With more people working from home during the coronavirus outbreak, it should come as no surprise that electricity demand is up.
WEC Energy Group, the Milwaukee-based parent company of We Energies, is now forecasting a 4% increase in residential electricity sales for the second quarter. That increase will trend down toward a 0.5% increase in the third and fourth quarters.
The company’s full 2020 forecast now calls for a 1.4% increase in residential sales in its Wisconsin segment, up from a projected 0.2% decline at the start of the year.
The gain in sales to residential customers is not enough to offset a drop in sales to commercial and industrial customers. The forecast now calls for a 4.6% decline in sales to small commercial and industrial customers, including an 8% drop in the second quarter. Large customer sales are projected to drop 10.5%, including an 18% decline in the second quarter.
Together, those projections add up to a roughly 5% decline in sales for the next nine months compared to the company’s original forecast.
In dollar terms, the sales decline amounts to $70 million to $80 million in pre-tax margin WEC Energy Group will lose, chief financial office Scott Lauber said. He added the company is confident it can offset that decline with cost savings and affirmed earnings guidance for the full year.
Gale Klappa, executive chairman of WEC Energy, noted the company was able to reduce operations and maintenance expenses by more than 7% last year and planned another 2 to 3% decline this year. He said the company has launched hundreds of savings projects already.
Klappa said WEC Energy Group has learned a lot from being forced to operate remotely and some of the cost savings will be more permanent in nature.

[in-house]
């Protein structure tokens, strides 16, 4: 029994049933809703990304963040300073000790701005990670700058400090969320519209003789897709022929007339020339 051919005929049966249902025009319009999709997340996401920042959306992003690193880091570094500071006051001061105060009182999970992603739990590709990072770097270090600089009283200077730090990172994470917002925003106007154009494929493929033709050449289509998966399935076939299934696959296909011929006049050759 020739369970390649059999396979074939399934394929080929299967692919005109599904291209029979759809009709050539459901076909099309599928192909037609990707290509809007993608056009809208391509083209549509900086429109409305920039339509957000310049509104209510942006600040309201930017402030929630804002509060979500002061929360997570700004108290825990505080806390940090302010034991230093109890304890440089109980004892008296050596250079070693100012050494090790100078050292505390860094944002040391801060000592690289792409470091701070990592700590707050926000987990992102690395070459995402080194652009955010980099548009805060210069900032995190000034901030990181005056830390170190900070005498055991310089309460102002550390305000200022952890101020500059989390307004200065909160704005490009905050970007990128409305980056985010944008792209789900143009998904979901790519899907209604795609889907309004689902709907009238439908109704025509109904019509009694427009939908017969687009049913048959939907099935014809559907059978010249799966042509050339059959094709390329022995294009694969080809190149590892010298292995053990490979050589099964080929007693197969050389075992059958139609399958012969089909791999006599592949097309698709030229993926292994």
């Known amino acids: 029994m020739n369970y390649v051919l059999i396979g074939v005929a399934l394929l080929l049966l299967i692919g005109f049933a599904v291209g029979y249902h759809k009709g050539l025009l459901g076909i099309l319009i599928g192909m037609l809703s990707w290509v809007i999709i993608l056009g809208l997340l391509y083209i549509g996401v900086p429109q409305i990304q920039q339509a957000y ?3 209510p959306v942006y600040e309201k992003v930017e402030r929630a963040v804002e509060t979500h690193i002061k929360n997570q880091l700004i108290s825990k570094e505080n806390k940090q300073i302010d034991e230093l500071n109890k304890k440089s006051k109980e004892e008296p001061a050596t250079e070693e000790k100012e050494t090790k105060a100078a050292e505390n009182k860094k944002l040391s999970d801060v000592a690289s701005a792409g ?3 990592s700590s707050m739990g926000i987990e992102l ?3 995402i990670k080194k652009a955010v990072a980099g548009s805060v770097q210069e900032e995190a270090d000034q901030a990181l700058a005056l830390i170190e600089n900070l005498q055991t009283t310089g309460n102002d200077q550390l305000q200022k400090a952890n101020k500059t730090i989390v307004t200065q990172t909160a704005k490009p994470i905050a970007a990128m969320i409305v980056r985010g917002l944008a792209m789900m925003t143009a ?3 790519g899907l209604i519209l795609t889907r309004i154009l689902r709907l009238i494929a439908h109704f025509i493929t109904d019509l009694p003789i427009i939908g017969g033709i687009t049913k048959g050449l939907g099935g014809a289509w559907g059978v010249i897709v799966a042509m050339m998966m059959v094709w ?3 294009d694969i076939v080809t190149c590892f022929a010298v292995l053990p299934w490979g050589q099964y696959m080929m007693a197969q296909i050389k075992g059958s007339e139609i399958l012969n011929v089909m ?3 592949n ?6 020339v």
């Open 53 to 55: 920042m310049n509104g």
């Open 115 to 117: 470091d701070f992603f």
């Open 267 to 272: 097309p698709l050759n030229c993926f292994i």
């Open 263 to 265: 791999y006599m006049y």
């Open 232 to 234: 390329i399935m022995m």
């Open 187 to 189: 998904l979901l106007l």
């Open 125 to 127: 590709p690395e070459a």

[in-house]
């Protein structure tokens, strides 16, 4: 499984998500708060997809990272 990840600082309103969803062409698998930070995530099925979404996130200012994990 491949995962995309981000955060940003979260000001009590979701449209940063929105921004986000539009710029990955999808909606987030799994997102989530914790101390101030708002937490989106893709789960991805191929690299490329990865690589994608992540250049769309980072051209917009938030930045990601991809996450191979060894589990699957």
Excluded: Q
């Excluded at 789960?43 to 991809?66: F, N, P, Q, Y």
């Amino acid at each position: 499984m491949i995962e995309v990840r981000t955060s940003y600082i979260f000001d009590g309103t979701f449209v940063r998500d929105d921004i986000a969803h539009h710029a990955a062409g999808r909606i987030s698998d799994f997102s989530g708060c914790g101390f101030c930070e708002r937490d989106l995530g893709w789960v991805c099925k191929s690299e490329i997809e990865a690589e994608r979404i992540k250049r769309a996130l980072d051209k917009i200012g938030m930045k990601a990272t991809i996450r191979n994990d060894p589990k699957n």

“We’re not going to need as many physical facilities as we once thought we would need,” Klappa said. “There were some expansion plans on the drawing board … I don’t believe we’re going to need all of them, maybe none of them.”
The company’s forecasts assumes the economy, and demand for electricity, would improve over the course of the year. Klappa said even if the second quarter trends continued into the second half of the year, the costs the company would need to offset would stay under $100 million.
“My sense is that if in the region we can get the economy restarted by June that things will evolve in fits and starts,” he said. “I think the real question for everybody is how confident will the consumer be in going back to their semi-normal buying patterns.”
Klappa, who is also co-chair of regional economic development organization Milwaukee 7, expressed confidence that major economic development projects would move forward but said the potential for electric demand to ultimately return depends on consumers.
“I really believe that we’re going to see a reshaping of the supply chains with much more productivity and much more production coming into the U.S.,” he said, adding that the country cannot be dependent on Chinese suppliers and Wisconsin is well positioned to attract new production.
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